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Analysts Question Relentless Finance Draining By Tesla

Analysts Question Relentless Finance Draining By Tesla
Tesla faced a barrage of questions related to its continuous cash burning and about when and how it will be forced to ask its creditors and shareholders for more money. All this following the unveiling of its latest electric vehicles.
At a glitzy event in California, Tesla unveiled its new futuristic trucks and the costly sports car and the questions by investors about the company financially over-stretching itself in doing so were shrugged off after its shares rose by 2 percent in early trade in New York.
Tesla has been spending money at a fast clip and there were skeptics among investors who question about the ability of the company to ramp up production because its Chief Executive Elon Musk did not offer any further details related to how the company would finance the announced projects.
After spending $1.1 billion in the third quarter of the current fiscal on its auto business, Tesla is planning to expend another $1 billion in the fourth quarter. By the end of September, the company had about $3.5 billion in cash and cash equivalents.
The cash and cash equivalents by the end of the first quarter next year would come done to about $1 billion if the company continues to spend at the current rate.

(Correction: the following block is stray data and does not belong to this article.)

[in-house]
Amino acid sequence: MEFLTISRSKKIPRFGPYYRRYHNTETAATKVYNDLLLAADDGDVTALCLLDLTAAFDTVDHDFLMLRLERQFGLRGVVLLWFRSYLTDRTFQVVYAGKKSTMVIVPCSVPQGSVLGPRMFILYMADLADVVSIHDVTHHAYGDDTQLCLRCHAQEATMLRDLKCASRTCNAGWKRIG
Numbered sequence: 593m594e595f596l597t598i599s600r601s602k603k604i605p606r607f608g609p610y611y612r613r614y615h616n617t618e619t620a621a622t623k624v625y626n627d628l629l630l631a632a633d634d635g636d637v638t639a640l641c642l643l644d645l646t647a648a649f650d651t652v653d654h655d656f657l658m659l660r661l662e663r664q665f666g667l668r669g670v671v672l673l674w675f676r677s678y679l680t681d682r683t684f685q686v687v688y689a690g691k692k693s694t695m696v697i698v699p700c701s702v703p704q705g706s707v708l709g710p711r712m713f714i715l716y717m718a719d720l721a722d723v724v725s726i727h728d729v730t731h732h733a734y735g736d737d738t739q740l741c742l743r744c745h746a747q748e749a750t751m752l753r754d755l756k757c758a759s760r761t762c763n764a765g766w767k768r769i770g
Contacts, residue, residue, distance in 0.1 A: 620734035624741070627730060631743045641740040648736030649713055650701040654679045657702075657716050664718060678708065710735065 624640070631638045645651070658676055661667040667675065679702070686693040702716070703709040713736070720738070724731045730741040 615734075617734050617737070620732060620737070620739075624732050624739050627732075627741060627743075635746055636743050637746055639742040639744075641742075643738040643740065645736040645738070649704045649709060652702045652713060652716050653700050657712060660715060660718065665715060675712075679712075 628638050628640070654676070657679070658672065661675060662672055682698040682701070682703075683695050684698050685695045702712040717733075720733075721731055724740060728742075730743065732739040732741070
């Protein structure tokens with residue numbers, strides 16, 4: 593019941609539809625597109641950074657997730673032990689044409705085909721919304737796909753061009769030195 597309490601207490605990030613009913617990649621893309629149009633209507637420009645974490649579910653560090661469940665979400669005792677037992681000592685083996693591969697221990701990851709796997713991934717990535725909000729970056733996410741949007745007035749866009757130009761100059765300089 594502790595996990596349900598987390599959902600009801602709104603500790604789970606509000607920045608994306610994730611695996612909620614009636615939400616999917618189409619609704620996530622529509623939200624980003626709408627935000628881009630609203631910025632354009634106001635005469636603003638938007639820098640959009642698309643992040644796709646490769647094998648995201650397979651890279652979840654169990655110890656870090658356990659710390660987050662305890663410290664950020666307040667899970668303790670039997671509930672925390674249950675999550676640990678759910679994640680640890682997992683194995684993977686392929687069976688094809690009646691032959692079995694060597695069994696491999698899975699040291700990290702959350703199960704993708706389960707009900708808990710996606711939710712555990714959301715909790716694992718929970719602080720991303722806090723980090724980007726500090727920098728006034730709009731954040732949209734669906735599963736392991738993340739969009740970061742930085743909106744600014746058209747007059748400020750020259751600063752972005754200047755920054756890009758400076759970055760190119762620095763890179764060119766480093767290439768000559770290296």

“In essence, all last night’s event did was add to Elon Musk’s shopping list of things he needs to spend money on at a time when the company is having difficulty making its base vehicle (Model 3),” Cowen analyst Jeffrey Osborne.
With the aim of fixing the production problems, the company extended its announced launch of the Model 3 sedan by about three months. This launch is critical for the long-term sustainability of the company.
Over the next few years, the cumulative capex announcements of the company would surpass $15 billion to $20 billion, Osborne said.
Tesla is in self-described “manufacturing hell” with regards to its $35,000 Model 3 sedan and has never been able to make an annual profit and this is why some analysts believe that the trucks project could turn out to be an expensive distraction.
To ensure that the production is kept running smoothly, tesla would require $2.5 billion to $3 billion finance, estimated Jefferies analyst Philippe Houchois.
“Longer term, we continue to think the capital intensity of the business model will keep returns below best-in-class auto(makers),” Houchois said in a research note.
The company was able to raise its debt sale to $1.8 billion from $1.5 billion in August driven by a hot bond market.
The high-yield debt market could be tough for tesla to tap into because the bond that it earlier released has underperformed in the secondary market.
The shares of the company hit a record high in September but have since fallen about 20% even though on the overall, its shares are up more than 40 percent this year.
While electric trucks are expected to be manufactured from 2019, the Model 3 is anticipated to go into production in 2018.

Christopher J. Mitchell

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